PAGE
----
Leeds United: Recruitment has been all about players not price tags - Hay

Massimo Cellino
Massimo Cellino
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Money at Leeds United exists when Massimo Cellino chooses to spend it. That sounds elementary, like an owner’s prerogative, but the budget at Elland Road is a fluid structure.

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It all comes down to opportunities and circumstance.

Cellino did not offer £3million for Fernando Forestieri because there is cash sloshing around at Elland Road, waiting to be burned. He saw Forestieri as a sound investment so he found the money Watford asked for and agreed to pay it.

The reluctance of Forestieri to jump on the transfer will be goading Cellino to maddening heights but the fact remains that United are prepared to fund his fee.

This is how the summer has gone: a close season in which Leeds have looked at signing specific players rather than spending a specific amount of cash. There are natural limits and players who Cellino cannot get into – Nottingham Forest’s Michail Antonio for example – but people around the Italian say he is more resistant to high wages than big fees.

Fees he will pay because players vary in prices and clubs rarely trade on the cheap. Contracts can be incentivised or kept to a certain limit, a view which explains why negotiations with Sam Byram have not achieved much. The current wage bill at Elland Road is said to be around £13m; “not where most of our competitors are,” Rosler said on Saturday. It was breaking £20m when Cellino bought control of the club from Gulf Finance House 17 months ago.

The signing of Chris Wood came about in July after Leeds agreed to pay well in excess of what Wolverhampton Wanderers were offering for him. Leicester City accepted both bids but knew which offer they wanted to come good. At the back end of July, no-one at Elland Road was talking about anything other than the importance of shifting Steve Morison – and to a lesser extent Nicky Ajose – off the wage bill. Leeds sounded like a club who were almost spent up. Then the door opened to Stuart Dallas and Cellino served up £1.3m for that transfer. The targets are the influential factor here, rather than the finance involved.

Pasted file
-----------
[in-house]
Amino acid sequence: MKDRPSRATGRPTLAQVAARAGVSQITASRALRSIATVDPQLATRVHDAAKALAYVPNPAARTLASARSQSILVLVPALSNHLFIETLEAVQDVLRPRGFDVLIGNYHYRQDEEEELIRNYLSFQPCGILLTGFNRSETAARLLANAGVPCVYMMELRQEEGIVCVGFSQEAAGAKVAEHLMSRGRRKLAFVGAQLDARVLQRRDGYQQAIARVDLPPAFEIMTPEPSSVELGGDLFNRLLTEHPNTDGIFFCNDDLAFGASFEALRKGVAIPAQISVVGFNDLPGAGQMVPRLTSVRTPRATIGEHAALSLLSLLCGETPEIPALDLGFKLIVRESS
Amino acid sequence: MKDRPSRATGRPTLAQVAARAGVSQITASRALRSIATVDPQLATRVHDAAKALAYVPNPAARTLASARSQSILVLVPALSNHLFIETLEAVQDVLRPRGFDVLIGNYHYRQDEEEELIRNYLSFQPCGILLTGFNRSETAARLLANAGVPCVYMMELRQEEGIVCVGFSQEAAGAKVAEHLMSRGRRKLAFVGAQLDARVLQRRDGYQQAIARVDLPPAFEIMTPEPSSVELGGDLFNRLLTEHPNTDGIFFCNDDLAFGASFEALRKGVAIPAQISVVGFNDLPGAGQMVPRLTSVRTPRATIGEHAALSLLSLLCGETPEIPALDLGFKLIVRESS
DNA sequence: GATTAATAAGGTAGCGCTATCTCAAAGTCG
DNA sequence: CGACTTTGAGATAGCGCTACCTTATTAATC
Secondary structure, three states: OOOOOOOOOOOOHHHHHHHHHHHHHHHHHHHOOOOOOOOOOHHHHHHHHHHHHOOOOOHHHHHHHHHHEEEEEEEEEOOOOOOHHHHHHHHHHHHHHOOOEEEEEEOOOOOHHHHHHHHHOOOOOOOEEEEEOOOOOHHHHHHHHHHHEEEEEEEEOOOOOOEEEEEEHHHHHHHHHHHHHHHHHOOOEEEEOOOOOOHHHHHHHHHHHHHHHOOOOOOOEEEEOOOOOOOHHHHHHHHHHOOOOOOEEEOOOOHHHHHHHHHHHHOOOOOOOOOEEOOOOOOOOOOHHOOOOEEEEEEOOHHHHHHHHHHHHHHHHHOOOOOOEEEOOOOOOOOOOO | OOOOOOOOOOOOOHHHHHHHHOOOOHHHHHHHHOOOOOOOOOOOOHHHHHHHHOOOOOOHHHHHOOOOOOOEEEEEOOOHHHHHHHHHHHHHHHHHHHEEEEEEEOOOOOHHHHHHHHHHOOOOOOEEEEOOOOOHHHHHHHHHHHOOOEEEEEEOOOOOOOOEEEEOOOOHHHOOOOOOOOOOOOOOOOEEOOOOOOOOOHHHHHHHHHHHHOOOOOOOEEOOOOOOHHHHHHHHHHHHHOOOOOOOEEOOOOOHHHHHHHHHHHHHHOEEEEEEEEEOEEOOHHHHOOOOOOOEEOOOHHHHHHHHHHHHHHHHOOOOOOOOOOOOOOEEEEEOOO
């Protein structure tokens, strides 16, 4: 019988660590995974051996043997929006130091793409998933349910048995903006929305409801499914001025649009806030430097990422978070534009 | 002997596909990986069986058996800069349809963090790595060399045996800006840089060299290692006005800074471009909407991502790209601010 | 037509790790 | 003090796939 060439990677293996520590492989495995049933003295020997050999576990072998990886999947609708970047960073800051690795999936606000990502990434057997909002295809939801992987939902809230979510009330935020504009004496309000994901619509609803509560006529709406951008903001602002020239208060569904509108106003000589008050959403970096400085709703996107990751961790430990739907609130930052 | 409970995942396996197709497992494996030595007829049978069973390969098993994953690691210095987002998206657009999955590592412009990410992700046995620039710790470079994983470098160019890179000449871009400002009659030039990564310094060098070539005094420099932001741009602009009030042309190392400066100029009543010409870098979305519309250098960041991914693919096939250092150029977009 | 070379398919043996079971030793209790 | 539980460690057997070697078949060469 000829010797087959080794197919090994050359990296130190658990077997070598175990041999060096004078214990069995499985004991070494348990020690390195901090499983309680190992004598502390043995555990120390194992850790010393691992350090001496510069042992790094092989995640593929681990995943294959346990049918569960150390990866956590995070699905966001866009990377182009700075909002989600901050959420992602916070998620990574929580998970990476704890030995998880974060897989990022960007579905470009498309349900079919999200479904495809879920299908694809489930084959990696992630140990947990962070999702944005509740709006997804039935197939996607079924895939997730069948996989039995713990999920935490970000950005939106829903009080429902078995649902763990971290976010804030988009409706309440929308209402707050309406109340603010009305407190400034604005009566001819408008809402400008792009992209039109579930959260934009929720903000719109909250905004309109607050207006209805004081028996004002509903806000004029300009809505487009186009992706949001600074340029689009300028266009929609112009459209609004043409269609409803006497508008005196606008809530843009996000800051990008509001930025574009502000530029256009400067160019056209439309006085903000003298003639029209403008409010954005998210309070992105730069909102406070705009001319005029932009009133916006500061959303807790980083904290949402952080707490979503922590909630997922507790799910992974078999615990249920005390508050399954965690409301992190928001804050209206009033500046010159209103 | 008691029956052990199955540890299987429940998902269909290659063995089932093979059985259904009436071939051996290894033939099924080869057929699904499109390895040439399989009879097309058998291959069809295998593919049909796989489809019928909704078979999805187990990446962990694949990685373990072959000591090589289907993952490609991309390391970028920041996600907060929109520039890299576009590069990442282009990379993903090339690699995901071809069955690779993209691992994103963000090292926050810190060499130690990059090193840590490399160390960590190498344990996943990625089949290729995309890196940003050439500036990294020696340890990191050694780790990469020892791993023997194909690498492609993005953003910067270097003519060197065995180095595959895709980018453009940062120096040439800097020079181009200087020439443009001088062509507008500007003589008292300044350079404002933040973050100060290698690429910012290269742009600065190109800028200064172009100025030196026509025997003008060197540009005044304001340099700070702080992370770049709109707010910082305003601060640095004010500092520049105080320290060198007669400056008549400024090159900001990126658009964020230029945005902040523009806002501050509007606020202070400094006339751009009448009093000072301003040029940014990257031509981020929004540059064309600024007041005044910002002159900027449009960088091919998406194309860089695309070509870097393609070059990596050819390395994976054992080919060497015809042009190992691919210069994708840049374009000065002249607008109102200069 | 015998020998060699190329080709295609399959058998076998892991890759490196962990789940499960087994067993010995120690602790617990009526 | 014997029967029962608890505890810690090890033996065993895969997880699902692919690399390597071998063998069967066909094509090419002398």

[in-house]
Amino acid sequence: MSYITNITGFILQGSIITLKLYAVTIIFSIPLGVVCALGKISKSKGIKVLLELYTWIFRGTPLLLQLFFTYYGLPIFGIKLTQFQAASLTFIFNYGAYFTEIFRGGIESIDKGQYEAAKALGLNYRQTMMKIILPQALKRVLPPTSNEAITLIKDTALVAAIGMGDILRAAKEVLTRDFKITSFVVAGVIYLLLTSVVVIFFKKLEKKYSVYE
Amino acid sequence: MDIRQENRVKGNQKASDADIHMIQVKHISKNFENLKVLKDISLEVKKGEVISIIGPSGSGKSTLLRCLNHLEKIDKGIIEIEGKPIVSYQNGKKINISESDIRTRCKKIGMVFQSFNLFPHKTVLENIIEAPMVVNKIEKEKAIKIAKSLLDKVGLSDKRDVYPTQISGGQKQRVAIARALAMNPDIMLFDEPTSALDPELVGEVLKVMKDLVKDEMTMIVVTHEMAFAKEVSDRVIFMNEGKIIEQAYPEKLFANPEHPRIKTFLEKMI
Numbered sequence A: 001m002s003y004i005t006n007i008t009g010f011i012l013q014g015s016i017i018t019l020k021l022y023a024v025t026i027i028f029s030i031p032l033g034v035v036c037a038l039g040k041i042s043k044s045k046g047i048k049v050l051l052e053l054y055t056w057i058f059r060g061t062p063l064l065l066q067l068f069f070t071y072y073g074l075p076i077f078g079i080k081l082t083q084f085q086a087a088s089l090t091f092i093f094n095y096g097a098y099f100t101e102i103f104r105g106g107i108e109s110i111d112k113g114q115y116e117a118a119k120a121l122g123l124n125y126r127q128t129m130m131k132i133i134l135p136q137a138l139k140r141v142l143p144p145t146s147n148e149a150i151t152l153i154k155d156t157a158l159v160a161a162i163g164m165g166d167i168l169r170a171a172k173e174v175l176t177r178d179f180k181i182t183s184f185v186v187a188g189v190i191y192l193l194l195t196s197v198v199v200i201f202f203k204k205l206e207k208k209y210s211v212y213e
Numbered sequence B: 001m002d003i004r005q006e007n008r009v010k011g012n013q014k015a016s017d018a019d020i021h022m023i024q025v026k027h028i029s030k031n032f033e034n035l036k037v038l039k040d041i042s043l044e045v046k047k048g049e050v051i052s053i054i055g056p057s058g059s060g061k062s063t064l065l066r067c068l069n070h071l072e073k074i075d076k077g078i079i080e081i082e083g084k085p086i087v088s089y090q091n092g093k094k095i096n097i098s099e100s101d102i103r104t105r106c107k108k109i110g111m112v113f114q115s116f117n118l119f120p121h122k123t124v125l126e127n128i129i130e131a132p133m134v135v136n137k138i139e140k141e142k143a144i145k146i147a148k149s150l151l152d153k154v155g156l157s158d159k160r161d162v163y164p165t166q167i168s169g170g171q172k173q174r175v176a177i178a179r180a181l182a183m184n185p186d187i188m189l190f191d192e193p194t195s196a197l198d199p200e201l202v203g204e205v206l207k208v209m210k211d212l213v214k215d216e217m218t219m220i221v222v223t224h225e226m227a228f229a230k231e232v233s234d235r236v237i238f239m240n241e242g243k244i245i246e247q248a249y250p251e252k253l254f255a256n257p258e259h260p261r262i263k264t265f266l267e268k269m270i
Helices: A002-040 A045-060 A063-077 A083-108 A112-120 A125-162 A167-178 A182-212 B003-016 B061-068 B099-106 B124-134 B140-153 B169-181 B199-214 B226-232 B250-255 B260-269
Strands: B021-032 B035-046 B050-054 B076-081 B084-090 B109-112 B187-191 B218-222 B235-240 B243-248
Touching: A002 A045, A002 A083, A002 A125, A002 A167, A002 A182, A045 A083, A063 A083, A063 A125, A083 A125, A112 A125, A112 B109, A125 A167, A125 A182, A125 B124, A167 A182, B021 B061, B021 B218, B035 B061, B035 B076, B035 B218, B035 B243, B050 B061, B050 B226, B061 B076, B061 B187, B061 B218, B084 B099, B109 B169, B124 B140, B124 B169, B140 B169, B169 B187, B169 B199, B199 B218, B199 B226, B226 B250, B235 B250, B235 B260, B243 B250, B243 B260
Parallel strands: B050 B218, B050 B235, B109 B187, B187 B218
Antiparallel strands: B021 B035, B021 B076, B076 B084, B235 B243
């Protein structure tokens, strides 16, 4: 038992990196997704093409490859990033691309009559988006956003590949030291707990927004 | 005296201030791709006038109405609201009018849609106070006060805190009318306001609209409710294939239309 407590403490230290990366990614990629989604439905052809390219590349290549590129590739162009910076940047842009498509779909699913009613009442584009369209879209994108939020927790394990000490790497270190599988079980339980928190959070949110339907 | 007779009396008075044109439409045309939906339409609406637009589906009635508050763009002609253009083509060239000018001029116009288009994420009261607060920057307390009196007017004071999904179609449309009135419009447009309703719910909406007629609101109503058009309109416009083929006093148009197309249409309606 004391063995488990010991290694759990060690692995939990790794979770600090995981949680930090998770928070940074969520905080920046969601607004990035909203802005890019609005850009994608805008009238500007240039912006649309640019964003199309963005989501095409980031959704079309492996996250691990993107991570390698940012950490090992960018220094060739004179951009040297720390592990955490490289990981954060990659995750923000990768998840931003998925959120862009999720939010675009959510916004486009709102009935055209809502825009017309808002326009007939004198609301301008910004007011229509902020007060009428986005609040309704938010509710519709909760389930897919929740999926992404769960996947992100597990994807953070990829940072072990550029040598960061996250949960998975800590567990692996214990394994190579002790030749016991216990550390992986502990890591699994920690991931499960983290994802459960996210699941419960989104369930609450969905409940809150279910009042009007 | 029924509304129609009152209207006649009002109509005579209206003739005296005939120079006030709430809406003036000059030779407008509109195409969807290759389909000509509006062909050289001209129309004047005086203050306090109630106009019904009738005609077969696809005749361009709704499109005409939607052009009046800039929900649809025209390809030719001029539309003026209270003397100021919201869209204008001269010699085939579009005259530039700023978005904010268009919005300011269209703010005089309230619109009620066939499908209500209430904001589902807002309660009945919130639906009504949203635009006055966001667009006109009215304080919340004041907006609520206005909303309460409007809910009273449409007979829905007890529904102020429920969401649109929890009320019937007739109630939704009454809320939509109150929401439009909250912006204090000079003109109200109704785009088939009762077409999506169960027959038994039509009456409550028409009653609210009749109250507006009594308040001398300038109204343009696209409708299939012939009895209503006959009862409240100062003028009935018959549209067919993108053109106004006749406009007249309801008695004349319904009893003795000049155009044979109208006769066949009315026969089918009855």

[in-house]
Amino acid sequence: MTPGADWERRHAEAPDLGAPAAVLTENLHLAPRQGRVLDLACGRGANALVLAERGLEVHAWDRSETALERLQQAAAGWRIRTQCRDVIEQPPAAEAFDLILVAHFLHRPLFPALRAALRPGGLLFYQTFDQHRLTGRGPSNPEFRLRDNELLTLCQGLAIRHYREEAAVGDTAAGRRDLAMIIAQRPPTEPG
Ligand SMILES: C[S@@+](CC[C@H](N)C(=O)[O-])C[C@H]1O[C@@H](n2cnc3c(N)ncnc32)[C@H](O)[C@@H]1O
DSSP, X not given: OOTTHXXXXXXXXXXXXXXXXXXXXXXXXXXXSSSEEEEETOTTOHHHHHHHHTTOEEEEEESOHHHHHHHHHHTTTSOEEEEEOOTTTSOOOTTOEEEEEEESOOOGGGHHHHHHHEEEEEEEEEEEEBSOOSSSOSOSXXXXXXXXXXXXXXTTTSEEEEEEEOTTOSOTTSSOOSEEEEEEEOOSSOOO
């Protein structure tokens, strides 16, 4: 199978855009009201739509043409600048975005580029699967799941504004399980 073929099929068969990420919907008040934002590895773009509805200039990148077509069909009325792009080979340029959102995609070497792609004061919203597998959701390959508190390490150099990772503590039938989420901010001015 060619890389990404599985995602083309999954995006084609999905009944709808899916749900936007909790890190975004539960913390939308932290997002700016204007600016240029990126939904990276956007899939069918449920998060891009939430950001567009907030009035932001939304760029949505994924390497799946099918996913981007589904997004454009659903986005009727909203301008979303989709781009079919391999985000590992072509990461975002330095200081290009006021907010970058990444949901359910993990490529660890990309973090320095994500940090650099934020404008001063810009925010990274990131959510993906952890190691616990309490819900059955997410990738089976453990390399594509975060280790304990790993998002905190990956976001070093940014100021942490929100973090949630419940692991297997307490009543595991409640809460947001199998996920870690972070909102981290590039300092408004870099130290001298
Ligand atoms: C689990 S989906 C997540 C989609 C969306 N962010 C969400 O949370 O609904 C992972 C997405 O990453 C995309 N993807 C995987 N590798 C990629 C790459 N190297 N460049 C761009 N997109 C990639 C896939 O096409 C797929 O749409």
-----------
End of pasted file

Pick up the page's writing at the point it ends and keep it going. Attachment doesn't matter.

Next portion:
The same could be said of other options, like Anthony Limbombe and Floyd Ayite. Younger than Forestieri and playing abroad, both have been interesting Leeds all summer but both are seen as riskier signings. Cellino talked valuations with Bastia, Ayite’s French club, but did not like their asking price. He offered around £1.5m for Limbombe, NEC Nijmegen’s 21-year-old Belgian, but received a cool response and has not bid again. It might be that the approach of the transfer deadline tempts him to try once more but while others at Elland Road were in contact with NEC last week, Cellino was thinking solely about Forestieri. That was the deal he wanted to happen.

Leeds are evidently under a degree of pressure to make something happen in the final few days of the window. Their head coach for one would like a slightly bigger squad; attacking players as a priority but potentially another centre-back too. Depth is in slightly short supply. Rosler talked of Charlie Taylor operating like “a machine” on Saturday and the 21-year-old’s engine is something else but it could be argued that Taylor has played every minute of this season only because Rosler has no means of resting him. Gaetano Berardi is the closest thing to a spare left-back and Berardi is needed across the other side of United’s defence.

The way the club speak, the way they are operating, suggests that most of this has registered with them. Forestieri would be another big outlay and a versatile addition to resources up front which cover the surface as much as anything. United stand to benefit from that deal but if Forestieri has doubts, he is better off expressing them now than waiting until the money has been paid. Otherwise he and Leeds will be fated for the same level of satisfaction enjoyed by Steve Morison.

Forestieri’s reluctance is not in itself a reason to career into signing Limbombe, Ayite or anyone else. Given the way Cellino has operated this summer, it’s likely that the Forestieri-Limbombe consideration was not a case of either or. If the club wanted both they would have knuckled down and agreed a fee for both last week. Their interest in Limbombe seems slightly more cautious. Leeds would pay for him but only to a point.

Likewise, a failed £3m bid for Forestieri should not automatically lead to an investment of £3m elsewhere, even though Leeds need a breakthrough or two before the window closes. Rosler spoke after Saturday’s draw with Sheffield Wednesday about he and Cellino trying to sign “the right players at the right age at the right price.” Where the money is coming from only Cellino and a few others know. Millions of pounds were injected into the club during the close-season, all of it in exchange for equity. Whatever the source, the identity of players has mattered more than the price this summer. That’s recruitment as it should be.

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